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Brighton food-truck operator charged with pandemic-relief fraud; used federal grants aimed at keeping his business afloat to play the stock market, feds say

A Brighton man who operates Boston-area food trucks used more than $1.5 million in federal pandemic-relief funds to bet on the stock market, rather than on paying workers and other steps to keep his business afloat, the US Attorney's office charges, in a wire-fraud complaint filed in Boston federal court yesterday.

According to an affidavit by an FBI agent on the case, Loc Vo, 55, was granted money from the Economic Injury Disaster Loan program, the Paycheck Protection Program and the Restaurant Revitalization Fund for his Smart Gourmet company, based on his statements that Smart Gourmet recorded $1.6 million in gross receipts in 2019 and had about 20 employees. All three funds were meant to help small businesses survive the pandemic by giving recipients money to pay their business's bills and payroll. The restaurant fund, from which Vo got $967,000, was meant to help with general business costs but also restaurant-specific expenses, such as the cost of food, equipment and even outdoor seating.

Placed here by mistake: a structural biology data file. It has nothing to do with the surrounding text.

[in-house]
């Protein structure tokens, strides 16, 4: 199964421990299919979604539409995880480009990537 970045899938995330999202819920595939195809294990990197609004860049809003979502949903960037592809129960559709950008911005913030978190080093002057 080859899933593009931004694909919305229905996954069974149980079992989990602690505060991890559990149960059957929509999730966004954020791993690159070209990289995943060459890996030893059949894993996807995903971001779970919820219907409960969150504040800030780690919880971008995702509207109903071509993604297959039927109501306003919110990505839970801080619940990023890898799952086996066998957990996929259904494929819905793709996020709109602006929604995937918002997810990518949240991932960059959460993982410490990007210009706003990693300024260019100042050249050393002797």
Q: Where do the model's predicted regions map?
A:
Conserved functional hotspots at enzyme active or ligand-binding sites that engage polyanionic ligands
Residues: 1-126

But instead of putting the money into Smart Gourmet, the affidavit states, Vo promptly transferred most of the funds into E-Trade and Robinhood accounts that he then used to buy shares in biotech, Web and financial services, electric-car and gaming companies.

In addition to the loans and grants to Smart Gourmet, the affidavit states, Vo also got a PPP grant for a Virginian company that he claimed had 14 employees, even though it went defunct in 2002, according to the affidavit, which states that when he got that money, he transferred it to a Smart Gourmet account.

As one example of what he did, the affidavit states that on July 1, 2020, the SBA wired $149,900 in EIDL funds - meant to be working capital for his company - to Vo's Bank of America account. On July 3 and July 6, Vo transferred $143,000 to an E-Trade account. Later on July 6, the affidavit states, Vo used the E-Trade account to buy $115,000 worth of shares in a biotech company.